Daron’s buying the drinks the next time we meet.
Acemoglu’s award of the 2012 Erwin Plein Nemmers Prize in Economics is “for fundamental contributions to the understanding of political institutions, technical change and economic growth.”
He is an extremely productive economist whose work is motivated by real-world questions that arise when facts are difficult to reconcile with existing theory. Acemoglu’s research covers a wide range of areas within economics, including political economy, economic development and growth, human capital theory, growth theory, innovation, search theory and network economics and learning. His work has propelled him to the frontier of each of the variety of fields he has explored and he has been especially innovative in his most recent area of study dealing with the role of institutions in the political and economic development of nations.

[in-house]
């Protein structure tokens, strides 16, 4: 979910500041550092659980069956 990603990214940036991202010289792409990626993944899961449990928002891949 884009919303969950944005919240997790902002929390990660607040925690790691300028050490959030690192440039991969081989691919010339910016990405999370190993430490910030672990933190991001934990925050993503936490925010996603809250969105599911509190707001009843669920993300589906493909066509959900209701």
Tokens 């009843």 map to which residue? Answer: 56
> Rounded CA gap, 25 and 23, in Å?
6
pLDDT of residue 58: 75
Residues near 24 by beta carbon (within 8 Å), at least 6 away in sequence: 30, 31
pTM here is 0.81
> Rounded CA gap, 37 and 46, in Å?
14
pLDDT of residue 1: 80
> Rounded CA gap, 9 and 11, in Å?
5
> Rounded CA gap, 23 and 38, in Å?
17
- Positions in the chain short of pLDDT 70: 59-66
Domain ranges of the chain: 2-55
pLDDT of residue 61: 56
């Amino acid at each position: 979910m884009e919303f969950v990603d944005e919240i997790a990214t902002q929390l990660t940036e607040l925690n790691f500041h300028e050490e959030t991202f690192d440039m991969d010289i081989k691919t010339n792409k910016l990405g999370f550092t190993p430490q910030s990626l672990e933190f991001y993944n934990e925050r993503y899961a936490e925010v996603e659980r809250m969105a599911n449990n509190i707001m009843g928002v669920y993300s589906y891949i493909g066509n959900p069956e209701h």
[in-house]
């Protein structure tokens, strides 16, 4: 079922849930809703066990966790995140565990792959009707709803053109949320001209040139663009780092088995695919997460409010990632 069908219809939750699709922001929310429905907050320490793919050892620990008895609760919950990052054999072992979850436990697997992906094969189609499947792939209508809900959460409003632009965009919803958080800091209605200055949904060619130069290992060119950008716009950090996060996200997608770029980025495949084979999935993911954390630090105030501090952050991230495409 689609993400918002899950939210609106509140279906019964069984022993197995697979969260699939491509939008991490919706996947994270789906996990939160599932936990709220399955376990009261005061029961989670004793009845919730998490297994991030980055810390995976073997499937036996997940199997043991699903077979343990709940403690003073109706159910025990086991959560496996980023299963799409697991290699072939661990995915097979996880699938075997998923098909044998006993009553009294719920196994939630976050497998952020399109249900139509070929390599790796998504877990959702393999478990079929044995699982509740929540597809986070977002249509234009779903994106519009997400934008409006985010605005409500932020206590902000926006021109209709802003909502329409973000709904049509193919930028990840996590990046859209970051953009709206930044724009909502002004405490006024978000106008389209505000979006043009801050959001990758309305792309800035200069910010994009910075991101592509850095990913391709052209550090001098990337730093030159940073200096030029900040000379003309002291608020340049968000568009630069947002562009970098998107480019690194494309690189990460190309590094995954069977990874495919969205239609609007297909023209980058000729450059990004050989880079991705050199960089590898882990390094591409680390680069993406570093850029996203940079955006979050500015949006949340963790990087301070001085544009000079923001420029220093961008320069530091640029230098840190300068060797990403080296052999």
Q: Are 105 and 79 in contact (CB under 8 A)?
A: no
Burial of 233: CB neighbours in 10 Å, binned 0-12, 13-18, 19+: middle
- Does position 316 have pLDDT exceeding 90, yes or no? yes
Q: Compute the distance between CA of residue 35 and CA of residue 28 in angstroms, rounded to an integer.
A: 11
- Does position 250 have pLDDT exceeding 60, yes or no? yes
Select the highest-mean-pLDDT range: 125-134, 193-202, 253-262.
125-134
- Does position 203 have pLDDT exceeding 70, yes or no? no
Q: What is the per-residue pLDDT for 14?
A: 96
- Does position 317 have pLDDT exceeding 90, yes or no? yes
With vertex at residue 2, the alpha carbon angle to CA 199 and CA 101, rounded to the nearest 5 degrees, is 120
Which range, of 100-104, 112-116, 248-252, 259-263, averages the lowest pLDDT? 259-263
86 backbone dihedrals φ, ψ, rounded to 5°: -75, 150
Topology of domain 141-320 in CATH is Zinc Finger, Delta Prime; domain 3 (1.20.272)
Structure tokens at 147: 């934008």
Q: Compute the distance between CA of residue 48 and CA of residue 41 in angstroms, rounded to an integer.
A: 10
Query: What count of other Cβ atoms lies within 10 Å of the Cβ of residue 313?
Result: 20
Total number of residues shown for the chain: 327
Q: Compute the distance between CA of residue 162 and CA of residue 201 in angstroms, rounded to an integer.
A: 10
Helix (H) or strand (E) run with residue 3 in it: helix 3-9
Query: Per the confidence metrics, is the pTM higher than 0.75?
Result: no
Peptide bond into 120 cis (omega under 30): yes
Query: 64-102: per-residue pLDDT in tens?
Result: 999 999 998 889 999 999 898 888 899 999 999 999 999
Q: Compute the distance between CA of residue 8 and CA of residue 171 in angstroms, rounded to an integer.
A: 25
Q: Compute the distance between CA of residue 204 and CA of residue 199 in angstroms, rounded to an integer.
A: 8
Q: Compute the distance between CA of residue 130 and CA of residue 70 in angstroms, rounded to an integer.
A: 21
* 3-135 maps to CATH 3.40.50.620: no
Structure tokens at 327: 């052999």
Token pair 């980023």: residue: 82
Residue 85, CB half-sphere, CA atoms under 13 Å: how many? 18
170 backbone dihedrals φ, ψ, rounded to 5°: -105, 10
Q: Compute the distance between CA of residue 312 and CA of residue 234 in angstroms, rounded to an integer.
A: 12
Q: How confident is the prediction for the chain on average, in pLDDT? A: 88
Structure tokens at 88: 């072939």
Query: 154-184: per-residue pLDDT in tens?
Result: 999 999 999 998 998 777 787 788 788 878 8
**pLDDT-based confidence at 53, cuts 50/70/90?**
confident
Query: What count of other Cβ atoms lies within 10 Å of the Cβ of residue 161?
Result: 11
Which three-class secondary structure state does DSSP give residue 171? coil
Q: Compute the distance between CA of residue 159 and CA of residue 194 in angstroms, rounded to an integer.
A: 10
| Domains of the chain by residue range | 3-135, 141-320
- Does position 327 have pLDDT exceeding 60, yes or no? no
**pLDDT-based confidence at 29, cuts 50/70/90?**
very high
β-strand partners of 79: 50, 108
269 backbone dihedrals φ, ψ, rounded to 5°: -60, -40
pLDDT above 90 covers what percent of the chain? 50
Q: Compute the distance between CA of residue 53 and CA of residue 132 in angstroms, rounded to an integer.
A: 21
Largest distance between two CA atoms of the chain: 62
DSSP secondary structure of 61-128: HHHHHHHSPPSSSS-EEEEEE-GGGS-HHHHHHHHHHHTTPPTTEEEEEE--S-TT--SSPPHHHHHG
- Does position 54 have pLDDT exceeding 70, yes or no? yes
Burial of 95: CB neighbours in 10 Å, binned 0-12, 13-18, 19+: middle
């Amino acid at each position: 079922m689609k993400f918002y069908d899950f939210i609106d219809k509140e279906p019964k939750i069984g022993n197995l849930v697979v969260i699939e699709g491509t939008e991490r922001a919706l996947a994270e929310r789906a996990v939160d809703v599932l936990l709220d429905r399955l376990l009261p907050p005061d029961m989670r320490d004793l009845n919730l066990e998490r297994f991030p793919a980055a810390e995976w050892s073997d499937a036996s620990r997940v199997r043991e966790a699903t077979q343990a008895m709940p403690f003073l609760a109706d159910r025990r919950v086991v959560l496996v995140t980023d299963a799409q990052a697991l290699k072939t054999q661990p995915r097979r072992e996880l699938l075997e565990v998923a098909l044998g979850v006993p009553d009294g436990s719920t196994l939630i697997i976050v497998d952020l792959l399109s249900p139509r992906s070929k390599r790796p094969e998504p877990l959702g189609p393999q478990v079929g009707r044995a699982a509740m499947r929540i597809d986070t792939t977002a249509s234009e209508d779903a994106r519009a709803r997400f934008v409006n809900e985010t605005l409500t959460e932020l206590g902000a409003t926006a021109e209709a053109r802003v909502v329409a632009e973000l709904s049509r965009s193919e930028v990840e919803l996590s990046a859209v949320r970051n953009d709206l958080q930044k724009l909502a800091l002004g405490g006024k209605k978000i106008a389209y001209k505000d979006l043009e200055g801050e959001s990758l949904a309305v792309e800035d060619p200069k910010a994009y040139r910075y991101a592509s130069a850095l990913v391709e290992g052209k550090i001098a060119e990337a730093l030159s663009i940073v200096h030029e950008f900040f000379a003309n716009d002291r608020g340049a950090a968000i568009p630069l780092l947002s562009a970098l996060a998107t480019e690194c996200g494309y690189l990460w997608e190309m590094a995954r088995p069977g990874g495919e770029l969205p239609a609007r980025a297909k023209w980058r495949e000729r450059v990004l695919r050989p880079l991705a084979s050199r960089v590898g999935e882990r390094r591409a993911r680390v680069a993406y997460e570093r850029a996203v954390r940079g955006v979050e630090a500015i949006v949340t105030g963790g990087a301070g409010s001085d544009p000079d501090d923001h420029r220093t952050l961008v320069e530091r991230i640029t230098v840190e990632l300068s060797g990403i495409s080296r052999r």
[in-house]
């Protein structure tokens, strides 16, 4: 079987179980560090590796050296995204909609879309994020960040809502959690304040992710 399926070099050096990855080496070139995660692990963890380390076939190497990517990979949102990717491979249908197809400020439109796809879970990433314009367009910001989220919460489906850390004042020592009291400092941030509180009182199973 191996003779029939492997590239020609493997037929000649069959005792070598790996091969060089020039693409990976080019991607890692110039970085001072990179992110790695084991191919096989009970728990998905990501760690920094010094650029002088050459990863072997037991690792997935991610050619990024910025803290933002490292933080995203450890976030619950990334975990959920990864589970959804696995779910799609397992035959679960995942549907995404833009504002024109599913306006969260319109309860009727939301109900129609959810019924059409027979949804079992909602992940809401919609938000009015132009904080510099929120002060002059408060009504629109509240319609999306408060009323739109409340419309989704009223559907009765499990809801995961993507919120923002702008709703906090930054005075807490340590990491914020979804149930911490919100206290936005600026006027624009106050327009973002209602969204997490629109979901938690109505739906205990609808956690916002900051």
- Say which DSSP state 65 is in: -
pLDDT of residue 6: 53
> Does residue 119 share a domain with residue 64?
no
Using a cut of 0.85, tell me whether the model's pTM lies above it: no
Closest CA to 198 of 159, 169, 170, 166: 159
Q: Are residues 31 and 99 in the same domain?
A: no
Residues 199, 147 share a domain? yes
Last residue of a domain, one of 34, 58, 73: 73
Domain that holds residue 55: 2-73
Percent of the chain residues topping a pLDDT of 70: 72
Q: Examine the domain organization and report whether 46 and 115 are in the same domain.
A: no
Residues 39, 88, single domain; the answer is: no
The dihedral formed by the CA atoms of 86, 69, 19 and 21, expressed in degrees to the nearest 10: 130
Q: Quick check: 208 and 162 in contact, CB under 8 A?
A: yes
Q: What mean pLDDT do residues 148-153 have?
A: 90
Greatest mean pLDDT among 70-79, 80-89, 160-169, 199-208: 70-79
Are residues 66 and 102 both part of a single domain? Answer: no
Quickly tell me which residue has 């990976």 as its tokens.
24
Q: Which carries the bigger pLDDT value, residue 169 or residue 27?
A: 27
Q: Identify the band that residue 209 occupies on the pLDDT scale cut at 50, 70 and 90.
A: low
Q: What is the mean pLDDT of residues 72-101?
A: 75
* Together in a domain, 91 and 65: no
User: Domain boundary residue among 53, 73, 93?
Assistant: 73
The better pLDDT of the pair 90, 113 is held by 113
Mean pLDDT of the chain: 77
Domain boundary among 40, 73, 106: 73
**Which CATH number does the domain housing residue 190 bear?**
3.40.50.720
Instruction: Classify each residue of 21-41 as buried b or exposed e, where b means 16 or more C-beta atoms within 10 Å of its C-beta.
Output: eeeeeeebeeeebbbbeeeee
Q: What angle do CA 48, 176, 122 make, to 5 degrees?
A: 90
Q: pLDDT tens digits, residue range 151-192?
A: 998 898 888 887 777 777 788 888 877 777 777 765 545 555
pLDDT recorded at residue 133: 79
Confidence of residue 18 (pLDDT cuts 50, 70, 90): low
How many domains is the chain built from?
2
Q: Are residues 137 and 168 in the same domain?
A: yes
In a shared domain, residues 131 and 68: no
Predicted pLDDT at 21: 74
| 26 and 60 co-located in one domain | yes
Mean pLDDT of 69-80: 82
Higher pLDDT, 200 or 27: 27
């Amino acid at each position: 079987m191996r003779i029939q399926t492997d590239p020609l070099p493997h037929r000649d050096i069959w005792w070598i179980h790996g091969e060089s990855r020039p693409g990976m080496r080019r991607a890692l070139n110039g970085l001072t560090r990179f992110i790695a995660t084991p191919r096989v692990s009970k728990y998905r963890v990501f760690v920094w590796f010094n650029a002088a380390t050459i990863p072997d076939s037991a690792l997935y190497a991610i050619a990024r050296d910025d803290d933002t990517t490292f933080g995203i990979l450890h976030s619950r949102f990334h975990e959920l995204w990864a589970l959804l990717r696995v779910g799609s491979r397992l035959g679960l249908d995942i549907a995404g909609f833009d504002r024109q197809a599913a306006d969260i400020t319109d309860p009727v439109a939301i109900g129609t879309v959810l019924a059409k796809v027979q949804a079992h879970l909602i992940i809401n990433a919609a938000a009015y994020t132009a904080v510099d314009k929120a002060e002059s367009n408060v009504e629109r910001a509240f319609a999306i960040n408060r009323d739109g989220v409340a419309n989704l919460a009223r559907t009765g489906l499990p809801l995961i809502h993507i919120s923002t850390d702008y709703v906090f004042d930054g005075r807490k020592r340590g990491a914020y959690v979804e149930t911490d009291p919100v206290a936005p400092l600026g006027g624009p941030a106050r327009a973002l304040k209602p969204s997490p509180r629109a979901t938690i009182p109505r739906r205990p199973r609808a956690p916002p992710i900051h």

Each of the prizes carries a $200,000 stipend, among the largest monetary awards in the United States for outstanding achievements in economics and mathematics. The 2012 prizes mark the 10th time Northwestern has awarded the two prizes and the fourth time the amount of the stipend has been increased.
The Nemmers prizes are given in recognition of major contributions to new knowledge or the development of significant new modes of analysis. Five out of 10 Nemmers economics prize winners have gone on to win a Nobel prize. (Those who already have won a Nobel prize are ineligible to receive a Nemmers prize.)